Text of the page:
Much of the research focuses on case, cross-case, and intervention studies within geographically specific locales. Draper and Freedman (2010) conducted a comprehensive literature review on the benefits, purposes, and motivations of community gardening in the United States. Of the 55 studies reviewed, case studies comprised 40% and interventions comprised 45%. This mirrors extension research, which emphasizes case and multisite case studies on individual programs (see examples in Blaine et al., 2010; Landry et al., 2015) or on specific topics within community gardening, such as garden design (Bradley et al., 2014) and management (Drake and Lawson, 2015a).

One outlier is a recent, comprehensive study by Drake and Lawson (2015b) that surveyed 445 community garden organizations from across the United States and Canada representing 8550 gardens that focused on community garden benefits and challenges. Respondents agreed on more than 75% of the primary or secondary benefits: food production and access (99.7%), nutrition/improved diet (99.5%), social engagement/well-being (99.5%), exercise/physical activity (98.6%), individual personal satisfaction (97.8%), education specifically about gardening (96.7%), environmental benefits (95.9%), intergenerational activities (94%), education (86.1%), intercultural communication (85.1%), and neighborhood revitalization (78.7%). These findings were further supported by the results of an open-ended question in which participants identified food production, social engagement, education, and nutrition as the most significant benefits. The authors noted, “While some academic literature focuses on a particular outcome—food production, nutrition, community engagement, etc.—it seems that organizations may accept multiple and varied outcomes.” Although this study provided a comprehensive lens toward program benefits, it did not demonstrate a process for achieving consensus among diverse stakeholder groups on the central outcomes that should be considered for an integrated development and evaluation model for community gardens.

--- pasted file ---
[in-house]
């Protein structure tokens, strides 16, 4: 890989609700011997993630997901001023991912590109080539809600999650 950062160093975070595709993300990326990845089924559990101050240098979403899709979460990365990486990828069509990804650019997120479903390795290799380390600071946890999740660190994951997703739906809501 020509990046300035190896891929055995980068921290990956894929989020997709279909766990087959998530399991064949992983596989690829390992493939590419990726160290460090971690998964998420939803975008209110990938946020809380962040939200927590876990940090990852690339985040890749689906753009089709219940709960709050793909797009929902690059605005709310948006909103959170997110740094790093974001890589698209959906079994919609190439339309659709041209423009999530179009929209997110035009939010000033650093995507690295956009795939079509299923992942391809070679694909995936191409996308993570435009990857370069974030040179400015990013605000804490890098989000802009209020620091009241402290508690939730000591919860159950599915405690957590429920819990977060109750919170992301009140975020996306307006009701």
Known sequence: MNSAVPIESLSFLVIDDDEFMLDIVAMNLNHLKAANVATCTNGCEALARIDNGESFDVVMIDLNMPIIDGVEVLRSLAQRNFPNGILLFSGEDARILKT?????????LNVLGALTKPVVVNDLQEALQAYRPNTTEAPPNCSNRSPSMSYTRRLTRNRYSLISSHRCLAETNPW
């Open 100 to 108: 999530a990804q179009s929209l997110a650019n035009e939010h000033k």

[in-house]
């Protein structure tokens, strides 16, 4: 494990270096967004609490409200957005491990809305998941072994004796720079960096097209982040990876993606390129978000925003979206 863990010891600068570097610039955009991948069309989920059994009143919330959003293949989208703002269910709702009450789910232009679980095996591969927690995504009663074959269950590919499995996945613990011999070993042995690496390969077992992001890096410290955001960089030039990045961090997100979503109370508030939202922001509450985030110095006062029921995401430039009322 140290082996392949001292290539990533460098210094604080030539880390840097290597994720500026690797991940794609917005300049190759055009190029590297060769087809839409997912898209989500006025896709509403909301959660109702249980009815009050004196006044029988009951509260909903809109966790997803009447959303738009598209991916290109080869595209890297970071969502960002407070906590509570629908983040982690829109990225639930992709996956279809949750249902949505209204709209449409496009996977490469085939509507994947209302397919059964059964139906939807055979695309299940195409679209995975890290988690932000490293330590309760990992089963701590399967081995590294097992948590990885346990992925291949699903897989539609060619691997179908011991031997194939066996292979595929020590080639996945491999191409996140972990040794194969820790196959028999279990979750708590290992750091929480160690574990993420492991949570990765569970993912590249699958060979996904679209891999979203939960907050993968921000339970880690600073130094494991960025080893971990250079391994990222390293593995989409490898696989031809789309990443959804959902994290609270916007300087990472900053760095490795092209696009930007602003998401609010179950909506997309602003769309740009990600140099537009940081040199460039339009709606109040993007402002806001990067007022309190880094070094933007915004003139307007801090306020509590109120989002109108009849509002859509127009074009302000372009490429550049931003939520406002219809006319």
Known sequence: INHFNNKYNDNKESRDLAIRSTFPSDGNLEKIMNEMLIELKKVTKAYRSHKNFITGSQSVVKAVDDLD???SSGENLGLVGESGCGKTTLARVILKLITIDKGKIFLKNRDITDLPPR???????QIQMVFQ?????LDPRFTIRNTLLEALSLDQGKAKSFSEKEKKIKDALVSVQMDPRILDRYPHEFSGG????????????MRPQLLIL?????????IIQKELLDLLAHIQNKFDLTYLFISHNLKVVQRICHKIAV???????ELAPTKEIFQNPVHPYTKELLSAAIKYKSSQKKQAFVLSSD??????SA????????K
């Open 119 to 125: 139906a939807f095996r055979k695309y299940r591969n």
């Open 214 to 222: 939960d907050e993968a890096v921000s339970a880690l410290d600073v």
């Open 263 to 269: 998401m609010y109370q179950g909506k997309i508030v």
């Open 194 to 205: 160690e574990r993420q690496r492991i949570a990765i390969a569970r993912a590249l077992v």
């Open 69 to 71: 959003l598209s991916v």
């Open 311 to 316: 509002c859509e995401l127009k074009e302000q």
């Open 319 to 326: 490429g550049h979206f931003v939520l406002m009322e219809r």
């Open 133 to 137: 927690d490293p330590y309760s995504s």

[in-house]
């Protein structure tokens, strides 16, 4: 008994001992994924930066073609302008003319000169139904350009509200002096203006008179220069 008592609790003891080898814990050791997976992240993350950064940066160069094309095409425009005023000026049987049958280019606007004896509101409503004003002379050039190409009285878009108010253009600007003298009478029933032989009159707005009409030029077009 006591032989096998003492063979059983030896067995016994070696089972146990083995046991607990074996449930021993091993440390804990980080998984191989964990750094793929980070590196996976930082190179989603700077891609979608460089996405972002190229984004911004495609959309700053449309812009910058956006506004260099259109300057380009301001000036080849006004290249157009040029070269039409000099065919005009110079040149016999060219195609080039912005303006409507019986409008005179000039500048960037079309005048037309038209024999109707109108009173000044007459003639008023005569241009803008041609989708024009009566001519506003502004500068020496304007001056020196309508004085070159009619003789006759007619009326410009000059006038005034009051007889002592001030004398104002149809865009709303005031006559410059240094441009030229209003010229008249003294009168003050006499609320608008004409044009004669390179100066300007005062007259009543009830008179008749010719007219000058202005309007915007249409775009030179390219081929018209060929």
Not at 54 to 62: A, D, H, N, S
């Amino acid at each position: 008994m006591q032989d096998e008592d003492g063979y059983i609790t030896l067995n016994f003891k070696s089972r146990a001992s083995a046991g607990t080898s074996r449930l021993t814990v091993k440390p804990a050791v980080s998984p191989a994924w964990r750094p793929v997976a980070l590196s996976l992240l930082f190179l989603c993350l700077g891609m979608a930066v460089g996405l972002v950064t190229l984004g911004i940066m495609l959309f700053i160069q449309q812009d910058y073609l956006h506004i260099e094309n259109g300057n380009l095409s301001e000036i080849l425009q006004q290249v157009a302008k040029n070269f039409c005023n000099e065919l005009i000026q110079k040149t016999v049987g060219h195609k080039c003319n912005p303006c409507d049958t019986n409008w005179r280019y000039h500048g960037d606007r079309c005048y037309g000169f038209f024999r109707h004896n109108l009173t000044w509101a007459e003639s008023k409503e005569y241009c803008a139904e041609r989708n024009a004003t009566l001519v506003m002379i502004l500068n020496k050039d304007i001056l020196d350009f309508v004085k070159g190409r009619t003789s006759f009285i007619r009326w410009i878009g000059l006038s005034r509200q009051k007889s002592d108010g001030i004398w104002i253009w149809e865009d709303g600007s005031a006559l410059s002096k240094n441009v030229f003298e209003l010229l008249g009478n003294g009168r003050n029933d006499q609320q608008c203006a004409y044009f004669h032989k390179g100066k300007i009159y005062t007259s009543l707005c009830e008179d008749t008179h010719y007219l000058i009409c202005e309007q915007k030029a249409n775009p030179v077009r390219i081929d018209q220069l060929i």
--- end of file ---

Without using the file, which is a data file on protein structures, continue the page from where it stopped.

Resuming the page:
The practice of community garden support is often a “complex web of interactions across scales as communities, local and extra local non-governmental organizations, and government agencies plan and implement community gardens” (Drake and Lawson, 2015b). In short, a patchwork of highly contextualized agencies and programs, which vary from town, municipality, county, and state, delivers garden support. Part of this complex web of garden support agencies are local county extension offices, which assist community gardeners in various technical and educational capacities through workshops, site visits, demonstration gardens, and plant clinics, to name a few services. Because of the diversity of stakeholders, the many potential services provided by extension, and the variety of physical and social outcomes, extension agents need a consistent framework for community garden program development and evaluation. We believe that a set of broadly applicable impact indicators for a program logic model would provide an outcome-driven framework to inform such efforts (Israel, 2001).

Impact indicators provide a clear and concise means for positioning community garden programs to address questions of program efficacy and impact. As such, it is critical that these programs clearly define, capture, and communicate their impacts (Starr and Hattendorf, 2013). Impact indicators also help to outline and evaluate pertinent strategies to address the challenges related to garden loss, including declining participation, lack of interest by gardeners, and loss of land (Drake and Lawson, 2015b).